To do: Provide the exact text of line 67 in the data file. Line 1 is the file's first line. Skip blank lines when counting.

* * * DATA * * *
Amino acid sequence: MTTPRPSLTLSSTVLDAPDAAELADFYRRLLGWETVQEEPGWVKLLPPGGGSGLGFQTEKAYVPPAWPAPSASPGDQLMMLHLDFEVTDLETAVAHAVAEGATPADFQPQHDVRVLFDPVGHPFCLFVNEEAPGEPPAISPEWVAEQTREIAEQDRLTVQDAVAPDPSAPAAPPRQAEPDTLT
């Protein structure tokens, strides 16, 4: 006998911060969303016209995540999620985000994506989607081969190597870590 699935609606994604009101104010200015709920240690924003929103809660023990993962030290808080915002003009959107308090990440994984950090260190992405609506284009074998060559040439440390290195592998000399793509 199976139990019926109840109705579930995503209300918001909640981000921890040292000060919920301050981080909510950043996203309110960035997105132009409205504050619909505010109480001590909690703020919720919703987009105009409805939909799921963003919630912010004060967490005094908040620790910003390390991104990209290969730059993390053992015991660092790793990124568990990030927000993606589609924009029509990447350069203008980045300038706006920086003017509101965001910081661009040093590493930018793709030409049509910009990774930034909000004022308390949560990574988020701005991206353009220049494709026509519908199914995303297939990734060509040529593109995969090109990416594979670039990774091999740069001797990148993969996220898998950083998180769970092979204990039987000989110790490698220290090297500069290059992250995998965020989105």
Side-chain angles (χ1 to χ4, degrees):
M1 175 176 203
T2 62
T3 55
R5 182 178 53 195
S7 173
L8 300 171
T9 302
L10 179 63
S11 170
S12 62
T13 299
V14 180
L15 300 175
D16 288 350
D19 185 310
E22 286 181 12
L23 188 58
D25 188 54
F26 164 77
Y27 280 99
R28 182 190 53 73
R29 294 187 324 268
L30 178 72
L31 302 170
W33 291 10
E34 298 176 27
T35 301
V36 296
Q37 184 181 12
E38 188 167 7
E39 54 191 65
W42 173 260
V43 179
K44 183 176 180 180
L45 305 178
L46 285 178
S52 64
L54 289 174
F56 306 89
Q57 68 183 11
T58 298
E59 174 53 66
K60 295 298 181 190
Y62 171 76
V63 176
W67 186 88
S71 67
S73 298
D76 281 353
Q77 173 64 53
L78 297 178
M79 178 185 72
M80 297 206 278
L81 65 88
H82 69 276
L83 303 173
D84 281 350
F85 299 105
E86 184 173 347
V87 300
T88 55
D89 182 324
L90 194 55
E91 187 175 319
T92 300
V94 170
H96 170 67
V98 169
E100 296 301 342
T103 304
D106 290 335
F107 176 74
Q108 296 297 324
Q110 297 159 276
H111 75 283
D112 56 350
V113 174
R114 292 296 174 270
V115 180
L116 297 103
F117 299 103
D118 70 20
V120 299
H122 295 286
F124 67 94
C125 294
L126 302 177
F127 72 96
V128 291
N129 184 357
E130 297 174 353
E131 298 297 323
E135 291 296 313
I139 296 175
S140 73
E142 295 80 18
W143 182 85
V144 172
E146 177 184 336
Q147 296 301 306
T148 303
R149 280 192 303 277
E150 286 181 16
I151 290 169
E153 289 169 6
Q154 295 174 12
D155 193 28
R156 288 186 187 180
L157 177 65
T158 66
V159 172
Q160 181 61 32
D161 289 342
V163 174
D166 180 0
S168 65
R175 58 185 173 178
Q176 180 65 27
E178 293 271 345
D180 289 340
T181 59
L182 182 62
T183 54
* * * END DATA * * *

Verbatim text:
E91 187 175 319